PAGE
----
On The Daily Show, Mitch Landrieu discusses monuments, demagogues and the country's obligation to confront racism_lowres

 

In an extended interview with host Trevor Noah on Comedy Central's The Daily Show, Mayor Mitch Landrieu warned of demagogues exploiting working class vulnerabilities and stressed how the country - not just the south - needs to confront its racism to find a "common ground."

"I do think it would be helpful if everyone in the country realized it's a national problem," Landrieu said on the March 19 episode. "It's built into the country's DNA."

The Daily Show is the latest stop on Landrieu's press tour for the release of his book In the Shadow of Statues: A White Southerner Confronts History, out March 20. He recently appeared on 60 Minutes, This Week with George Stephanopoulos and NPR's All Things Considered, and an excerpt of the book was published in TIME.

The book charts Landrieu's decision to remove four Confederate monuments in 2017 and chronicles his life through a lens of his realization of an obligation to address racism. In one chapter ("David Duke and Donald Trump, A Nightmare Loop"), Landrieu recalls the "pyschodrama" of neo-Nazi David Duke and draws a parallel to the ascent of President Donald Trump.

“Everybody deserves to be seen,” Landrieu told Noah. “So when people who are poor and live in Appalachia and have been left behind by economics or trade or technology, we do have to see them. There’s no use in litigating whether our hurt was as bad as your hurt, when a father and a mother, whether they’re black or white, are trying to feed their family and they can't get a job and nobody can see them and nobody cares about them - they feel left out so they’ll strike back, and they’ll cause the rise of a demagogue to lead them and the country, and I think we have to pay attention to that ... In America, one of the great political successes has been turning working class white people and working class black people against each other on the issue of race and not talking about economically how we work together."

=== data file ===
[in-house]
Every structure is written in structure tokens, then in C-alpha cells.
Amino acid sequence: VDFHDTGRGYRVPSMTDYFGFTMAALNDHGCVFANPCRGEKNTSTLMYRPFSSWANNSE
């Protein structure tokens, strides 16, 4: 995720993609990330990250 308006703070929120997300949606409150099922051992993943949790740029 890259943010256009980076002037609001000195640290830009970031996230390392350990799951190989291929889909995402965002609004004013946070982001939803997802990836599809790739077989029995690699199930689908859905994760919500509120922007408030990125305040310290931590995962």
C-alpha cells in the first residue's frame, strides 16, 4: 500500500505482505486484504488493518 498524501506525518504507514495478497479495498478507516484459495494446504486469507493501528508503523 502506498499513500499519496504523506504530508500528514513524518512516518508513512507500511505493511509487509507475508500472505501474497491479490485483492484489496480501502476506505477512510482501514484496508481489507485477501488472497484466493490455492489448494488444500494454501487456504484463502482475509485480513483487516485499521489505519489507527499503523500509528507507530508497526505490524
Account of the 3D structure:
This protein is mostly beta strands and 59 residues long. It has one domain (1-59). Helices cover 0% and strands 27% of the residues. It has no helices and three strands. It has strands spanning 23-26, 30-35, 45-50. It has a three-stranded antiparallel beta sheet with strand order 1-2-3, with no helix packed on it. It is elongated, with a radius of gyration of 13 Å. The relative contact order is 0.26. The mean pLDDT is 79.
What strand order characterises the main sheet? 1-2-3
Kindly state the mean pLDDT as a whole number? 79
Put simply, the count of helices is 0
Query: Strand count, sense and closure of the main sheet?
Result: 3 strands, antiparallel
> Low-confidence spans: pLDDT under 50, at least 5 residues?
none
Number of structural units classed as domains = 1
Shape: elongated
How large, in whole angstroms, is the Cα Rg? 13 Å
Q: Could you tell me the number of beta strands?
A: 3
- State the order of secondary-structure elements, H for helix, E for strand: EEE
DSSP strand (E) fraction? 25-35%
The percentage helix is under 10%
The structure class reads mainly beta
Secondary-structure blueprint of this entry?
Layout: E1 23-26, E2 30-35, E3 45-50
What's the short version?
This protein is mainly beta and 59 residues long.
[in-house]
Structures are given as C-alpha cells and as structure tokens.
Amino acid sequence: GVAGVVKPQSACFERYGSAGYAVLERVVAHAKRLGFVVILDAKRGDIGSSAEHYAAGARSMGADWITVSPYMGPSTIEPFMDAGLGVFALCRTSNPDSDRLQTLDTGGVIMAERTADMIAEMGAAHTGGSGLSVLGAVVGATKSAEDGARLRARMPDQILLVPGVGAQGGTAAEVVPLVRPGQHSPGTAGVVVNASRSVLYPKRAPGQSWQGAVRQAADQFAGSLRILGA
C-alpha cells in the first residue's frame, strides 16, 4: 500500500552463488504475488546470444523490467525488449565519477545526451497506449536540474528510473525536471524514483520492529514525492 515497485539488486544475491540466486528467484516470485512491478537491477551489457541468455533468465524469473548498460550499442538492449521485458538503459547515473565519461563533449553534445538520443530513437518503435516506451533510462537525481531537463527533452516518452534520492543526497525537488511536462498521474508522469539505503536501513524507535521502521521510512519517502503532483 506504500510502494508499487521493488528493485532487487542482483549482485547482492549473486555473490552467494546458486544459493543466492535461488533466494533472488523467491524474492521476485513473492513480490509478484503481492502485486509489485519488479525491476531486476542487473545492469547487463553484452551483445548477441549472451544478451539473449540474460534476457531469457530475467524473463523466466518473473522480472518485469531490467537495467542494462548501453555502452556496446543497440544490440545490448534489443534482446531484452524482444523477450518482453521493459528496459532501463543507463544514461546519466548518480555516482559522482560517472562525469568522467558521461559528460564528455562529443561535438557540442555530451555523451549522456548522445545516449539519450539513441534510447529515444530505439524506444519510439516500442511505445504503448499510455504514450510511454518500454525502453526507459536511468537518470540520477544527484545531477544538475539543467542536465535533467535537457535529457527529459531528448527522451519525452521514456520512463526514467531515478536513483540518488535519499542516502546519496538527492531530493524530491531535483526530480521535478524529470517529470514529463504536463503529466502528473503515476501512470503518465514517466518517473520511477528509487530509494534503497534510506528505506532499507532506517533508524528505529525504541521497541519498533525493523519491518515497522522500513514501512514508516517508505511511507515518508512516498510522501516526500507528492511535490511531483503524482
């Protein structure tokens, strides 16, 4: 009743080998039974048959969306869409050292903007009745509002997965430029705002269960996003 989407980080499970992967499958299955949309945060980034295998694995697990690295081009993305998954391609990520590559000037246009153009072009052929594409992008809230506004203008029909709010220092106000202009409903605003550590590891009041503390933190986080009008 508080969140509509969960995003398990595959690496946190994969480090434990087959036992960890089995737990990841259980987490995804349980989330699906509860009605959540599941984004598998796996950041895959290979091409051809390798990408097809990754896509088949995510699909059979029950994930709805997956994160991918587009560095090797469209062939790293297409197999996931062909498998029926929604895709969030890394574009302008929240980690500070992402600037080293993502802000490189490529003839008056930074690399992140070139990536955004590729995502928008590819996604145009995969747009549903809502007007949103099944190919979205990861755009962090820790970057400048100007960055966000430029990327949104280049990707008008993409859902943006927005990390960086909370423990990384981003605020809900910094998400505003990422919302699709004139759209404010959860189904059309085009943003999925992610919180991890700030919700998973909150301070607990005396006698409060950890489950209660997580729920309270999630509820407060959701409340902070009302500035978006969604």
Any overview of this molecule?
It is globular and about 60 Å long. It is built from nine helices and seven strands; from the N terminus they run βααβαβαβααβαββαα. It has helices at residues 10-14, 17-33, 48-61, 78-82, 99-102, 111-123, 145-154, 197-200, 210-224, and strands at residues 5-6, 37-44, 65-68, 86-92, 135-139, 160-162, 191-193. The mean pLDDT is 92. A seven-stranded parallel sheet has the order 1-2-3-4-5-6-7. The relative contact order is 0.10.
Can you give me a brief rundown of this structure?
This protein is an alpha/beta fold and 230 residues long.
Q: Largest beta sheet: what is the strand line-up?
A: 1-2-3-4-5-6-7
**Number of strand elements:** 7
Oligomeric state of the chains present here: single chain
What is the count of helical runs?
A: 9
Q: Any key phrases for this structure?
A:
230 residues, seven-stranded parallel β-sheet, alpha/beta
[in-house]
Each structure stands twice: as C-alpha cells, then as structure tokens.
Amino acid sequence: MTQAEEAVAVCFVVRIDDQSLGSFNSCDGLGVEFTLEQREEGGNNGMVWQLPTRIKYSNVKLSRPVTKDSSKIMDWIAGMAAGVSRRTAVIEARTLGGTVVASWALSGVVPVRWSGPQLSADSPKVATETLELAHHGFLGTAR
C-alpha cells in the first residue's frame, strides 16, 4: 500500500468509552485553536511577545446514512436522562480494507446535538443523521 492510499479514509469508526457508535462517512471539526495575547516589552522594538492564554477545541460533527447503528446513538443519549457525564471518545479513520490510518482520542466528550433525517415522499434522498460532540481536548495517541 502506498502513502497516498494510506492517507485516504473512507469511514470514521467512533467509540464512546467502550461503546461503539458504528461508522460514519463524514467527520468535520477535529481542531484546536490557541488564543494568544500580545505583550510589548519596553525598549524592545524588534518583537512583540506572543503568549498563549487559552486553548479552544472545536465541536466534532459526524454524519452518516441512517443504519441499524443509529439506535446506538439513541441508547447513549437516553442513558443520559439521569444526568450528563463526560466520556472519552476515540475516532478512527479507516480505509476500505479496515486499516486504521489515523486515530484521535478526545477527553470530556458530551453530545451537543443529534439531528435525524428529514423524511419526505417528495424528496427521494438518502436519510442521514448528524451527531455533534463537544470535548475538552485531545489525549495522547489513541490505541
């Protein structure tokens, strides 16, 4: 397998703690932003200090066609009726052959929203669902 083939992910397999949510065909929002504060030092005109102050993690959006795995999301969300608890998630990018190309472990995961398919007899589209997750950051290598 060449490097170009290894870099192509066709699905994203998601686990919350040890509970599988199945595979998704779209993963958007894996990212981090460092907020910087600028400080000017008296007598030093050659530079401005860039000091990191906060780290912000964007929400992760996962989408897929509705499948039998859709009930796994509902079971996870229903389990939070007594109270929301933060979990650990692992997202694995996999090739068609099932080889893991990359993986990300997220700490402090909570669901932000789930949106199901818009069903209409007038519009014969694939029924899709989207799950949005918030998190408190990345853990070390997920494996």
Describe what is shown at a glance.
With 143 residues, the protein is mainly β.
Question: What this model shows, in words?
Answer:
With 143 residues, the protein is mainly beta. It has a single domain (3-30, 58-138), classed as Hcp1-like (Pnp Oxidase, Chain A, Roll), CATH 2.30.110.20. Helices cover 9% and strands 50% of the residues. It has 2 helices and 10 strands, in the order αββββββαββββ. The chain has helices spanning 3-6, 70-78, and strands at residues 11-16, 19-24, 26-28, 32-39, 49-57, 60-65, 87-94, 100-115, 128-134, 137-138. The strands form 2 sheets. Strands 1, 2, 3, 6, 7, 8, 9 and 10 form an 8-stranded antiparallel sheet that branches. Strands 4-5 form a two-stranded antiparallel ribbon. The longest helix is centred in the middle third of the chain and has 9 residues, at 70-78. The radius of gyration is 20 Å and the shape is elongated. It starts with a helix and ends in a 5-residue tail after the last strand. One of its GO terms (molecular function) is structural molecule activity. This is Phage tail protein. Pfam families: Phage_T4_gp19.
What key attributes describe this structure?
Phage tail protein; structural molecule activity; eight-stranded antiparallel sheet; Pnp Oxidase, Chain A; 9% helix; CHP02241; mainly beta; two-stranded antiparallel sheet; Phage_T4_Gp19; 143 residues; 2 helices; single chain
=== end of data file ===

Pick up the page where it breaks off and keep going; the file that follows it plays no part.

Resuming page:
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Asked whether Landrieu sees a potential 2020 presidential run "against a demagogue," Landrieu laughed.

"It's obviously very flattering for people to talk to you in that context," he said. "I've been doing this for 30 years. My wife and I have five kids. I don't have any plans for the future. The 300th anniversary is coming up, we're getting ready to land the plane - y'all should celebrate the history and beauty of New Orleans. You helped rebuild it, so on behalf of the people of New Orleans, thank you so much. I'm going to rest a little bit then figure out what I'm going to do in the future,"

"He said yes," Noah said.

Landrieu argued the crucial element of finding that "common ground" is to correct the record - drawing a line from slavery and the Civil War to Jim Crow and the construction of monuments meant to honor the men who fought to enslave others.

"The confederacy has always occupied this mythical place in the minds of a lot people," Landrieu told Noah. "I don't think it should be hard in the second decade of the 21st century to say the confederacy was on the wrong side of history, it was fought to destroy the country not unite it, and it was fought for the purpose of preserving slavery, which is the worst thing we've done in this country. If you don't do that, it's really hard to move forward and find common ground."

To people who agree the monuments shouldn't be there but don't want to disturb the public space they occupy, or are uncomfortable "removing history," Landrieu told Noah "there are places for remembrance and places for reverence."

"A 12-year-old African American girl should not have to walk under a statue of an individual who fought to destroy her life and freedom," Landrieu said. "That's not something the city of New Orleans has really ever been. For those people who say they want to remember history, I say they ought to remember the totality of history."